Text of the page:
QUESTION: Thanks, Michael. Firstly, have you reserved Pfizer for the under 55-year-olds, healthcare workers, doctors, nurses, 1A, 1B given that there is a potential risk here in that age group, and that's the main risk factor? And secondly, are you monitoring the utilisation of high dose into [indistinct]? And on the basis of that, do you suspect in fact that there is another case already in Australia?

MICHAEL KIDD: Thank you, Norman. So Pfizer is being used in the rollout in Phase 1A at the moment across Australia. It has been since the commencement of the rollout, and that of course has included the vaccination of quarantine and Border Force workers, and people working in health care who may be at risk of coming in contact with people with COVID-19, as well as to the residents of our residential aged care and disability care facilities across the country. Phase 1B, we're currently utilising the AstraZeneca vaccine. This has been rolled out, as you know, through general practices, the general practice-led respiratory clinics, Aboriginal health services, and other sites around Australia. At this time, we haven't made any decisions about reserving Pfizer for use in different groups within the population in 1B.

The second question, you asked about possible second cases. Every side effect from the vaccine should be being reported to the Therapeutic Goods Administration and also to the relevant state and territory authorities. We are following up each side effect that's reported each day as they come through, and where necessary the specialist investigation committee meets to discuss any further cases. I'm not aware of a second case at this time. Can I move to Chloe?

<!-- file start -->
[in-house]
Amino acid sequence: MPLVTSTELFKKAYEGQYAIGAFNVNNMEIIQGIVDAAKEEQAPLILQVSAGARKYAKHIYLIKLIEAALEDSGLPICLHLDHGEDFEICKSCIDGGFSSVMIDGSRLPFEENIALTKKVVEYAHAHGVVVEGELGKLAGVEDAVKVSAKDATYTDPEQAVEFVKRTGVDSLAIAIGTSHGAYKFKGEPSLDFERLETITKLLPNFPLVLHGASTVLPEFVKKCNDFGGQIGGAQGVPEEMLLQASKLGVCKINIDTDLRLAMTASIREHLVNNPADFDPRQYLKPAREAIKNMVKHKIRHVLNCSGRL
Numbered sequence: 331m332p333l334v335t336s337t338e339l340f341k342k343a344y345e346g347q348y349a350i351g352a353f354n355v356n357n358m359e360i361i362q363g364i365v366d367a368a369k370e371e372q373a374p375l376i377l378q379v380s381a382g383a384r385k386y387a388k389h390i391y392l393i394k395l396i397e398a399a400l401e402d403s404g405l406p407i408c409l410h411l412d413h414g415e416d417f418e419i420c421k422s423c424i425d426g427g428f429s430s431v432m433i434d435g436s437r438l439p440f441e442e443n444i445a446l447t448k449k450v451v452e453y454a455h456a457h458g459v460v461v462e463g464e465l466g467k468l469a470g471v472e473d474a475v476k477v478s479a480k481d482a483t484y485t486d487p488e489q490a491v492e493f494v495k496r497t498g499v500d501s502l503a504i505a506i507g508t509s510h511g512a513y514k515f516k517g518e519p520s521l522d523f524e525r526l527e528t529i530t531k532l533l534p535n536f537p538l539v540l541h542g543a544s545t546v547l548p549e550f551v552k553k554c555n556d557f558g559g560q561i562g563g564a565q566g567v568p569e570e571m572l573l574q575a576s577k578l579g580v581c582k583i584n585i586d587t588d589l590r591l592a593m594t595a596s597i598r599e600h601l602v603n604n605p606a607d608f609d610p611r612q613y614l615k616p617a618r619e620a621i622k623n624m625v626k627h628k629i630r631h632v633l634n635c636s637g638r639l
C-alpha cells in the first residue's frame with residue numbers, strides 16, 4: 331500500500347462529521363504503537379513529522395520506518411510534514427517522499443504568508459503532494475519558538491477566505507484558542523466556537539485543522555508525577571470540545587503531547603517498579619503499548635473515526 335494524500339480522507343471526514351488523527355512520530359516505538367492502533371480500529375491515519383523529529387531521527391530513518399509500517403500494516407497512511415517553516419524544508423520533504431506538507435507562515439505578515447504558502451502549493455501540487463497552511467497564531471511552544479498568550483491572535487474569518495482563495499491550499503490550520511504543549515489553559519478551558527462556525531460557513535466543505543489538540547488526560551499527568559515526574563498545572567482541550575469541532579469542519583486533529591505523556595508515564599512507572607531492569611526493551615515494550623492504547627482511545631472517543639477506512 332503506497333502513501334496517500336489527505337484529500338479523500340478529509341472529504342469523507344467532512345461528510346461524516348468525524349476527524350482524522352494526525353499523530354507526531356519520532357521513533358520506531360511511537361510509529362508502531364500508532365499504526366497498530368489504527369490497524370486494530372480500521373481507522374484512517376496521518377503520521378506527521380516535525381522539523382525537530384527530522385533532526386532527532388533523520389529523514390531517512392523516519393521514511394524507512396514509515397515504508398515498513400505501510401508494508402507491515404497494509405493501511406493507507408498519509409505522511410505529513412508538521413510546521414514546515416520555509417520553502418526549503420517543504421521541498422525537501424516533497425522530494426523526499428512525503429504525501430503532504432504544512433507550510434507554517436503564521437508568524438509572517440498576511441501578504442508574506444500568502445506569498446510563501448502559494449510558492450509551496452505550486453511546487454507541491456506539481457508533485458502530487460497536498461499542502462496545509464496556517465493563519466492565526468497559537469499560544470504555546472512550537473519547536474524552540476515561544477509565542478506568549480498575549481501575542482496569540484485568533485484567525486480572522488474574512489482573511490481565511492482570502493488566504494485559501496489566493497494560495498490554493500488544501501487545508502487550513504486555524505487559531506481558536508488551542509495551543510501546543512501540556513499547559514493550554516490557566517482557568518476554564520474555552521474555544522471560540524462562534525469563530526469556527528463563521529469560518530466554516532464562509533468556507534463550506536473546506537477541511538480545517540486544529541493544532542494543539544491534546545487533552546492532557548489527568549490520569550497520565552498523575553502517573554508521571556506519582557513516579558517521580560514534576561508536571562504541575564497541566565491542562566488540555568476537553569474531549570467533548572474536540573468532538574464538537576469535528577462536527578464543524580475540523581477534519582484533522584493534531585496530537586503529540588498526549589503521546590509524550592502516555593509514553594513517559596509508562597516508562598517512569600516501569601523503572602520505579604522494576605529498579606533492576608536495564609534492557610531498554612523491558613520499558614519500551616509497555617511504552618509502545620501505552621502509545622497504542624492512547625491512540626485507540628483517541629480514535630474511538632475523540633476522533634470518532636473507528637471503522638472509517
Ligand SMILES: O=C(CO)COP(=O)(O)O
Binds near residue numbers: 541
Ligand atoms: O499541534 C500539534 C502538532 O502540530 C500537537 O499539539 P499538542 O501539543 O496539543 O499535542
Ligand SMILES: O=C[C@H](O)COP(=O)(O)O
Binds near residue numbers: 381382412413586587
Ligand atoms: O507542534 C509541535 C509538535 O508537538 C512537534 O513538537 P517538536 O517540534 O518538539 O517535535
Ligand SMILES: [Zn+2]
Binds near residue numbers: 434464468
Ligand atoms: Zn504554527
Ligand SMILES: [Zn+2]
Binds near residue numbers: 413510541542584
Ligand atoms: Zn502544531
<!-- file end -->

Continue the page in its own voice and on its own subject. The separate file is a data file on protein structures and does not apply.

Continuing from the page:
QUESTION: Thank you, Professor. Is there any information on how many aged care workers or disability workers have been vaccinated? Have the plans to have them vaccinated on site by providers been dumped (*)? And if so, why is that?

MICHAEL KIDD: Sorry, I'll just repeat that one. So it's the question about what's happening with the vaccination of people working in residential aged care or disability care. So, as you're aware, these people are also included in Phase 1A. And at the moment, now that we're rolling out Phase 1B, the number of opportunities for people in that group to get their vaccine has increased. So some people will be vaccinated in their workplace, and this has already happened with a number of workers. I'm sorry, I can't give you the exact number at this moment. Some of the providers of residential aged care services are currently negotiating with the Commonwealth to vaccinate their own workforce. And people of course are also eligible to receive the vaccine through general practices, the general practice-led respiratory clinics along with people who are included in Phase 1B. Thanks, Chloe. Thank you, everybody. Thanks for your attention. And thank you to our interpreters. Thank you.